, May 29th, 2013 11:29
Consider the Pastels' early days, the sporadic and awkward initial singles for Whaam!, Rough Trade, and Creation, that air of not-giving-a-fugh - they were immature, ambitious to be unambitious, prone to misplaying chords, positively glacial when it came to the songwriting/recording process. "Hearing our early stuff reminds me of what an effete 20-year-old I was," frontman Stephen Pastel (nee McRobbie) once confessed. Few acts seemed less capable of longevity.
Yet here they are, releasing Slow Summits, the first studio album since 1997's Illumination and only the fifth overall since debuting with Songs For Children back in 1982. The Pastels have surprisingly persisted, navigating through three decades of cultural and industry change. When fledgling artists loaded 500 copies of their freshly-pressed 7" into the boot of dad's Austin Maxi, zipped down to London, and doled out copies to neighborhood record shops, fanzine creators with Pritt-stained fingertips, ghoulish wordsmiths from weekly music papers, and - if the courage could be mustered - the ever-subversive John Peel, the Pastels were there. And when the term indie no longer identified a subculture that was willingly and stubbornly disparate and became a brand name for artists who were commercially appealing yet masqueraded as being pure and marginalized, the Pastels were there.
The Pastels persist - and at the same time, forever delay any sort of widespread acceptance largely on account of their frontman. Stephen Pastel can be a polarizing figure - as much as a gentle-mannered, mussy-haired, eternally-fresh-faced frontman is capable of being polarizing. Similar to 80s indie pop contemporaries who emerged during the tail end of punk (Television Personalities, Beat Happening, the Vaselines), Pastel mimicked that movement's raw energy, but did so by swapping anger for melancholy, social skirmishes for personal struggles, confrontation for rumination. The timidity and gawkiness that he ducked behind, as well as his willingness to play the role of the casual wallflower, slyly drew attention to both himself and his music. (I'm reminded of a quote from Peanuts creator Charles Schulz: "I suppose I'm the worst kind of egotist: the kind who pretends to be humble.") Pastel never took himself seriously - or acknowledged just how determined and industrious he really was - because such an admission would have sabotaged his ability to pointedly contrast his itty-bitty, flyspeck self with the vast and ever-cold universe. In a way, it was Pastel asserting his presence by going unseen. It was clever, really, but many listeners were understandably turned off. (And let's be frank: Pastel's trembling, tuneless vocals and overly self-conscious lyrics didn't help.)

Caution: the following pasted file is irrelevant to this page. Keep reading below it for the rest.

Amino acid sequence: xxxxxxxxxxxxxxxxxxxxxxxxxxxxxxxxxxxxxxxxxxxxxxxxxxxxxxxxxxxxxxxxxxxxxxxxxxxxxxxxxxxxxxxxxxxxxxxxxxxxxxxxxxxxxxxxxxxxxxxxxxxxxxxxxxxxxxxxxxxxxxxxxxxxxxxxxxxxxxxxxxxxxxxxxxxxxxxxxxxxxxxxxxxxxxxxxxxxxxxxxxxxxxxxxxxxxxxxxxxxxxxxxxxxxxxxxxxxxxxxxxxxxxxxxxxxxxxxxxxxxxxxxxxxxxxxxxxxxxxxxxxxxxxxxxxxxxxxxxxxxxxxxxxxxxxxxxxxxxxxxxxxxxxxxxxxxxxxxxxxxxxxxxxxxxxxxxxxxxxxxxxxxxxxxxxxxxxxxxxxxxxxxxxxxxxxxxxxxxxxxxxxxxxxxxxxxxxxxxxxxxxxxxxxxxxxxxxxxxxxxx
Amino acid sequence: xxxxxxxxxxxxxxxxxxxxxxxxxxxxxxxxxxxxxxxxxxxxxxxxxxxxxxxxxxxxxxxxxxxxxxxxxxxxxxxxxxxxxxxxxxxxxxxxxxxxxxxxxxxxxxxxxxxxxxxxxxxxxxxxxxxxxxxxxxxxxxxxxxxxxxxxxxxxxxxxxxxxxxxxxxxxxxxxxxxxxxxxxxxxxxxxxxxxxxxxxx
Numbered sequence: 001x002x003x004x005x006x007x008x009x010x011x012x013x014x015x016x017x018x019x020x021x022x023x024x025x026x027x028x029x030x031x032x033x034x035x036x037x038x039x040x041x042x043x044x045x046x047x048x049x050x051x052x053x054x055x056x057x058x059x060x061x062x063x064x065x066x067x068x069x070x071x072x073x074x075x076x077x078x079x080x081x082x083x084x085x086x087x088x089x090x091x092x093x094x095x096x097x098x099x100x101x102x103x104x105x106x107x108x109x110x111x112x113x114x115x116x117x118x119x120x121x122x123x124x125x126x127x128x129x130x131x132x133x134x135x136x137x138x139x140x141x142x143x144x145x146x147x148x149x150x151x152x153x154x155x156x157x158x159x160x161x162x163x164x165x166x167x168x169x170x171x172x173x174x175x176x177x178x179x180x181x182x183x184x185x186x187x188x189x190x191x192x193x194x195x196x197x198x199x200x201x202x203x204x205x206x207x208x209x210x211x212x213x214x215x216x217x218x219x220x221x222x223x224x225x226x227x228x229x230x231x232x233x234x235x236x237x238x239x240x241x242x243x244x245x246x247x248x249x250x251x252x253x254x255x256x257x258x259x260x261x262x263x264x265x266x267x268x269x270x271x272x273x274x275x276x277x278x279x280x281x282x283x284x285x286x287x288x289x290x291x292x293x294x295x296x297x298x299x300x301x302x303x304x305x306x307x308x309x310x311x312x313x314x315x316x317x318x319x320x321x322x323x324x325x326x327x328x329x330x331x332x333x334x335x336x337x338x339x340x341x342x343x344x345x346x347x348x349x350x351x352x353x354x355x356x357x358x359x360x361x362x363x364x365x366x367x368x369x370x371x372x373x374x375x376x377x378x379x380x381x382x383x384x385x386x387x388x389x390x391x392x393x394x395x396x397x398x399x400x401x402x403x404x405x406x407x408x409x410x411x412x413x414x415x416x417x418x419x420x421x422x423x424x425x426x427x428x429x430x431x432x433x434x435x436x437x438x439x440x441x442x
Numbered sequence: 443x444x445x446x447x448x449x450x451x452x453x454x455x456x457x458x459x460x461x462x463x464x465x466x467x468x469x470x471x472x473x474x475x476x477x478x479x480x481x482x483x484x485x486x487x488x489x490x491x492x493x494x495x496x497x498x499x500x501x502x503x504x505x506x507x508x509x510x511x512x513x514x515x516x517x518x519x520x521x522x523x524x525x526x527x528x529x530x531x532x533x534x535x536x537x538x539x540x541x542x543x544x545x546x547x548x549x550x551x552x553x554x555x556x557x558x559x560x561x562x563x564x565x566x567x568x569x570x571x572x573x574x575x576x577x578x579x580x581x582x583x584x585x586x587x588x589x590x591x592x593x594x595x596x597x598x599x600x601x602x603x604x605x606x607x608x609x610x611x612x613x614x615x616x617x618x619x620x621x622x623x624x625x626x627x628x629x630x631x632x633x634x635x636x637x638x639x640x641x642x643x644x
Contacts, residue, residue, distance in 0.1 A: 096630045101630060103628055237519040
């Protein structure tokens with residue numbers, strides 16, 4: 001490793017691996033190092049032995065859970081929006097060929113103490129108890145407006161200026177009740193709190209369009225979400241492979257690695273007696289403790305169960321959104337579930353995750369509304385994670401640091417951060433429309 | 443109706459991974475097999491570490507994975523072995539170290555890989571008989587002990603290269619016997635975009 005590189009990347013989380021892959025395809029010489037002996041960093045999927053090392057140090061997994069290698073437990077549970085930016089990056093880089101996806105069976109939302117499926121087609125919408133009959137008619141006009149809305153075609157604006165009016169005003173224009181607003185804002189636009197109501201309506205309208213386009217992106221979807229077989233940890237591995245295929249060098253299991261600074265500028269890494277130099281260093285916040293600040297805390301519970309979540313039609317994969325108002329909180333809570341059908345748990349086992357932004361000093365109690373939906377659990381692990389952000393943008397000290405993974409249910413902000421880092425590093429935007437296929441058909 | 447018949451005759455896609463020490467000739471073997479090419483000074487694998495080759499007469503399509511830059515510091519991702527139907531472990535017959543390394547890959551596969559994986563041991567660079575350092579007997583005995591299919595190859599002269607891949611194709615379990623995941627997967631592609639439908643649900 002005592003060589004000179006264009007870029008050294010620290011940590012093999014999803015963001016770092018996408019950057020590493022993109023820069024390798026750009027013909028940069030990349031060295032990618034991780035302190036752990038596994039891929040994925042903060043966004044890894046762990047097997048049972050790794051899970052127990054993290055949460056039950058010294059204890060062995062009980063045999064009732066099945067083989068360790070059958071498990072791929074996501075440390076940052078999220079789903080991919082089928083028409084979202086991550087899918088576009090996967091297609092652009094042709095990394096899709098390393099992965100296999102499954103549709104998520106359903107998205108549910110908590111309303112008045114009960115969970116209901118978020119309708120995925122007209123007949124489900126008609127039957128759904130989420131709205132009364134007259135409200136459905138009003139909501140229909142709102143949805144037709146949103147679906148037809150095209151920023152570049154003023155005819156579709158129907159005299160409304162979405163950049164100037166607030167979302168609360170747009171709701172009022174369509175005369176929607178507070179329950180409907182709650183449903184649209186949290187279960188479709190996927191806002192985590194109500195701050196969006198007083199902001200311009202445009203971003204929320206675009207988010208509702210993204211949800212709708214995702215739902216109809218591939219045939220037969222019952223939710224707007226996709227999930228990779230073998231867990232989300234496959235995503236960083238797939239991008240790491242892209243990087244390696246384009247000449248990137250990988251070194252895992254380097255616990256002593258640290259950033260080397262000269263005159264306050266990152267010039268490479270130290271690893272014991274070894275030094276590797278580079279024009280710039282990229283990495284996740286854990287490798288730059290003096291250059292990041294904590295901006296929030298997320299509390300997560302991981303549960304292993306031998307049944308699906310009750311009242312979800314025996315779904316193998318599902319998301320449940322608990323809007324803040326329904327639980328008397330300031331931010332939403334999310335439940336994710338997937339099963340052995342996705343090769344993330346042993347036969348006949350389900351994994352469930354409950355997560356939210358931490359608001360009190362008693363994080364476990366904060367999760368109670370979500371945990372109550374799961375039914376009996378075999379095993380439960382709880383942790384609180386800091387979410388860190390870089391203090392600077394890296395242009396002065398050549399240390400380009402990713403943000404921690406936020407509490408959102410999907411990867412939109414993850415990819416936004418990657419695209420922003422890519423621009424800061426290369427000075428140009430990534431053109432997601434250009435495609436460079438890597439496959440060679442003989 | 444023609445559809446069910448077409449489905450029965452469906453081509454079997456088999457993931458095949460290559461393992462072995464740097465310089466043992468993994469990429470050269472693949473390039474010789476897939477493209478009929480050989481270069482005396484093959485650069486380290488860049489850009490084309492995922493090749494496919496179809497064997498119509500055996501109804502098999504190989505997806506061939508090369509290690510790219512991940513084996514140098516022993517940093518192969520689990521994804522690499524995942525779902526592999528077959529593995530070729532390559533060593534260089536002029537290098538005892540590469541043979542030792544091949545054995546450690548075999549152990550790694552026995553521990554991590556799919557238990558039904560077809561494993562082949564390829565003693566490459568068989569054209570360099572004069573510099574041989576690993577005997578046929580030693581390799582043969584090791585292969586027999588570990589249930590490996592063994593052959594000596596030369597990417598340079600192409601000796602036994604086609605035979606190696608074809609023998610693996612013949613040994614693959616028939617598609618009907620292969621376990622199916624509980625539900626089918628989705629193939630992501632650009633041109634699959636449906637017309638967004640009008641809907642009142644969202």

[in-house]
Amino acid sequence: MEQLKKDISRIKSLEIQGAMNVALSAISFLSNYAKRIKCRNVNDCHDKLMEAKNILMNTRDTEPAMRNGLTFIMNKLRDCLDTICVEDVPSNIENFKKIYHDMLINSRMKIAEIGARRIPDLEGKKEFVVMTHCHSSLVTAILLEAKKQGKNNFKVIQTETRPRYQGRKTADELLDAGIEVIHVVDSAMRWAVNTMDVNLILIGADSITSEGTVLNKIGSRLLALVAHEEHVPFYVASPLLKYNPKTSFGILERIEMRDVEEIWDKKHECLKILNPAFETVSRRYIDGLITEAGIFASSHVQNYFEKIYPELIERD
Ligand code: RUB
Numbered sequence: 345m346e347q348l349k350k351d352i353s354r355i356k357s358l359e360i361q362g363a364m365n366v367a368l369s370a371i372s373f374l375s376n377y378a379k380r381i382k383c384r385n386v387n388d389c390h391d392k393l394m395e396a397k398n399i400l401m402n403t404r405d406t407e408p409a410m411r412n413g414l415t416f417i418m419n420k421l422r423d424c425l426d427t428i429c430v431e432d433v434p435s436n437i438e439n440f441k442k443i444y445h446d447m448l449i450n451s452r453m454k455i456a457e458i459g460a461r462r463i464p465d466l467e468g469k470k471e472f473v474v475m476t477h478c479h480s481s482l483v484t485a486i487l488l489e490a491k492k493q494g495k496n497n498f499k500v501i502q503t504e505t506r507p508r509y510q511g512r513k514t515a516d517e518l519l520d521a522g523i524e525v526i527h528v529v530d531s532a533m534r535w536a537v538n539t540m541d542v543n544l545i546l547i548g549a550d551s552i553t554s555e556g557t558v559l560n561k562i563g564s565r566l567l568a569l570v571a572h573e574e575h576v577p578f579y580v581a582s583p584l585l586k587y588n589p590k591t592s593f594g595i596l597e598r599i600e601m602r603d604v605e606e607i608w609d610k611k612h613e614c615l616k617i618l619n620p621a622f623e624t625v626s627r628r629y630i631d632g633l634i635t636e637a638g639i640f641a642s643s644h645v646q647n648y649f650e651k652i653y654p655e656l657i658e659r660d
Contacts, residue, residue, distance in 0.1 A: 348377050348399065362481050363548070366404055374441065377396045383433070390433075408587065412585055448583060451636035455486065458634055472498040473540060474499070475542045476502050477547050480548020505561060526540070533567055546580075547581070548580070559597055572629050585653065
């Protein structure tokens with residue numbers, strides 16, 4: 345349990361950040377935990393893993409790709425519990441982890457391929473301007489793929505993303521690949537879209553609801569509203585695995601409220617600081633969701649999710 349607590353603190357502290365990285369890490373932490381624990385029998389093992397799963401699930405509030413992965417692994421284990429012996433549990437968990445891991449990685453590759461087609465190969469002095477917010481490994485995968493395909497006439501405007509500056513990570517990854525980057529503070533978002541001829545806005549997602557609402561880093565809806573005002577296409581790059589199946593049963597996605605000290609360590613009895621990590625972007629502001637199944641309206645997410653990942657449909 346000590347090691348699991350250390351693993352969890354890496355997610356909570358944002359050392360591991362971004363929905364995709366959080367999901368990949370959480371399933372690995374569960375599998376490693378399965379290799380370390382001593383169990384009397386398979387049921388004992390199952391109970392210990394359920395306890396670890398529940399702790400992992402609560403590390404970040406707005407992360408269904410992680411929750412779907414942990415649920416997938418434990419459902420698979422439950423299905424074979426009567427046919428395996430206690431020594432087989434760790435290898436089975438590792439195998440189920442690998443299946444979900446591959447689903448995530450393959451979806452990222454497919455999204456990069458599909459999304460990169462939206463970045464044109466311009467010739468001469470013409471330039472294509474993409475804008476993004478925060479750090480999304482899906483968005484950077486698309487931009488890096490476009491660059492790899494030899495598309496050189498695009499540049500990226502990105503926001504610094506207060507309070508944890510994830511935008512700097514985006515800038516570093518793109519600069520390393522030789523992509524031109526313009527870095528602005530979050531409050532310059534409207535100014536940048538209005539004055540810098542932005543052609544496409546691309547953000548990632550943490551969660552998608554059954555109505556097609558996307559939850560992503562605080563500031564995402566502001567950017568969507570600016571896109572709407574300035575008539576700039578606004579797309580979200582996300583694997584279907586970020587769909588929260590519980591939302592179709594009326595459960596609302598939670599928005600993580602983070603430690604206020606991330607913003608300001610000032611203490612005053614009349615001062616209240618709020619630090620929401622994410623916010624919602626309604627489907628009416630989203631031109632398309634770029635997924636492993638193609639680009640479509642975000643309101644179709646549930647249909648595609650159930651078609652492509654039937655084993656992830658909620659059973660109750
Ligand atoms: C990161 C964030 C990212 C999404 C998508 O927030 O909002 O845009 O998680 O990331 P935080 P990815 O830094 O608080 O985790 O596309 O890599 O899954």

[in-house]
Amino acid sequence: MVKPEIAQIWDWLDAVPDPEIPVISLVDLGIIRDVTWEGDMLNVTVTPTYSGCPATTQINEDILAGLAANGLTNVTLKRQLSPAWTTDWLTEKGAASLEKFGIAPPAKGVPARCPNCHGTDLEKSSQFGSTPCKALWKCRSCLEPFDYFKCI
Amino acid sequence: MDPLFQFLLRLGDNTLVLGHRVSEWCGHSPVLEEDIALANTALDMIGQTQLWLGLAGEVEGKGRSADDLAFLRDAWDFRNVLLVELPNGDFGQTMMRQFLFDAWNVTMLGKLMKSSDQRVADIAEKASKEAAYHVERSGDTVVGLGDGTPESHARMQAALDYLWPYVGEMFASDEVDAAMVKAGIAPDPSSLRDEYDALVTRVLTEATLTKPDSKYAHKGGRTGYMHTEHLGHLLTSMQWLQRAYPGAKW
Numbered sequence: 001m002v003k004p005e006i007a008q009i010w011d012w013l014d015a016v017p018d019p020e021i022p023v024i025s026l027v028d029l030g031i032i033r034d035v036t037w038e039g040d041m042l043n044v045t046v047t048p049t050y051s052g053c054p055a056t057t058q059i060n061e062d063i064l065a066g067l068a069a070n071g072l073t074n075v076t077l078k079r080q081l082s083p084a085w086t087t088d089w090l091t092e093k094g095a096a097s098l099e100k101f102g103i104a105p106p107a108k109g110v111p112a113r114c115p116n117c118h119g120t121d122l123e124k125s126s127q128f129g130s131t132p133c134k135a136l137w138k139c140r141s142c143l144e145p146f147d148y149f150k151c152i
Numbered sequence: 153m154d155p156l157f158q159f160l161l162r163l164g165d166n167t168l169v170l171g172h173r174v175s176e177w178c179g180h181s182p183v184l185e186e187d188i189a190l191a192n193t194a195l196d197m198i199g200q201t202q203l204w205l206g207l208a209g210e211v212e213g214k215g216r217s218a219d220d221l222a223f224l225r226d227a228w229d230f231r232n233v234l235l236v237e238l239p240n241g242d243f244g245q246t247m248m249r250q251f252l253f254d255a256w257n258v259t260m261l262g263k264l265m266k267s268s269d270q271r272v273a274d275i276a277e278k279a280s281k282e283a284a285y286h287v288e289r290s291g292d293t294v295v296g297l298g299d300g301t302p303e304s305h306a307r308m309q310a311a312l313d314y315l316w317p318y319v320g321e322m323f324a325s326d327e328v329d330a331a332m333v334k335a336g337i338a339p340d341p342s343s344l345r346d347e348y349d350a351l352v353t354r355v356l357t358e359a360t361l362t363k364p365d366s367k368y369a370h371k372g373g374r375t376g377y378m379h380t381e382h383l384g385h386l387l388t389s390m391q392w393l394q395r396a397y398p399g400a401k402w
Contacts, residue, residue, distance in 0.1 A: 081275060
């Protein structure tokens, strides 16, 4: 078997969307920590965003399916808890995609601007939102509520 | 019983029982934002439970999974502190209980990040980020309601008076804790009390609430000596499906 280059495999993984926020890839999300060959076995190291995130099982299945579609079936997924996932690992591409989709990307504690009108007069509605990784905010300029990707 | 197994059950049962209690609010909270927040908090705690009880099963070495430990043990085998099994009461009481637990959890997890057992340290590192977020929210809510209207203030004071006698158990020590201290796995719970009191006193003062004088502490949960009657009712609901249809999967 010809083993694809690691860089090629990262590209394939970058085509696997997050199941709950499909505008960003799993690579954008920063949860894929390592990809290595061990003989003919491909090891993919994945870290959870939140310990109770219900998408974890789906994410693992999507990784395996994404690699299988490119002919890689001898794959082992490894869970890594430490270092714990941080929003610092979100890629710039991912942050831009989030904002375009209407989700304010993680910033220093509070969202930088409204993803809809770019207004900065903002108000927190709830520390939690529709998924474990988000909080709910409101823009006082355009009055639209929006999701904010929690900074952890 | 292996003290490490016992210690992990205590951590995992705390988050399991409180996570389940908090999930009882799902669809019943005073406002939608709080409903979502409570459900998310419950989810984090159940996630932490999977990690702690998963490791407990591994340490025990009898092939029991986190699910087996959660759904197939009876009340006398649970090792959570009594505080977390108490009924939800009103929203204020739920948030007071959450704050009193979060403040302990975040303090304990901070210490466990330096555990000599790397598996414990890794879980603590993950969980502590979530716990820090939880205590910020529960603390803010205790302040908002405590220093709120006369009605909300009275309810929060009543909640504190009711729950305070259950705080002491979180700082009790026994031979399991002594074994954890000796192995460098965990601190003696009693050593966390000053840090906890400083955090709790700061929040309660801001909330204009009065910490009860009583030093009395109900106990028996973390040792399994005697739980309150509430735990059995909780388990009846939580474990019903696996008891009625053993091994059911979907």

On the other hand, if Pastel's approach made your hair stand on end or your knees wobble or your mouth turn dry just once then you were eternally hooked. Artists who are adept at chronicling life's brief epiphanies and stabbing regrets, who speak on their own behalf yet convince listeners they are hearing their own personal inner voice - artists who sound so inescapably human - always seem to attract the most committed and fanatical following.
Which brings us to Slow Summits, an album that isn't as immediately arresting as previous releases yet is still honest and spirited. Sixteen years of dormancy has done nothing to dull the Pastels' emotional sharpness, even if the entire effort feels a tad cautious.
The first thing listeners may detect is Stephen Pastel's conspicuous absence. (While they possibly notice the glut of other musicians: Katrina Mitchell, Tom Crossley, Gerard Love, Alison Mitchell, John Hogarty, original member Annabel Wright, Teenage Fanclub's Norman Blake, To Rococo Rot's Stefan Schneider and Ronald Lippok, and Tenniscoats' Saya and Takashi Ueno.) The album features a pair of instrumentals and four other tracks sung by Mitchell, the group's longtime drummer and vocalist. She smolders with passion on opener 'Secret Music', delivering her vocals in a tender whisper. On 'Kicking Leaves', elegiac violins and watery guitar serve as the backdrop to Mitchell's straightforward pleas: "When we're standing still at the head of the hill / Won't you kiss me? / Won't you kiss me?"
Mitchell and Pastel share the limelight on 'Check My Heart', an energetic number featuring bouncy rhythm guitar and drums. Pastel is at his most candid and clever: "I was my own black hole / You shine a light in my soul / I wanted a lifetime not just a fall-in-your-arms." On 'Night Time Made Us', Pastel sounds just as devoted, though his words have a bit less bite ("I move into / The rapture of you"), the scenes slightly hackneyed ("I walk through my favorite cemetery").
'Summer Rain' is Pastel's most poignant number on Slow Summits. In between frequent evocations of the song's title, Pastel sings of touching his beloved through their clothes, of holding them close. Then he tosses in some murky imagery - broken lights, tennis courts choked with leaves and dust - before getting so honest it will elicit a cringe: "Nothing will save us / From us."
It's a reminder of how Pastel's best work is always equal parts sweet and sour, of how his most genuine declarations of feeling perfectly summarise life's most awkward and alluring moments. Slow Summits doesn't rank with the Pastels' best work, but it will subtly remind the group's committed, fanatical following of why they fell in love in the first place.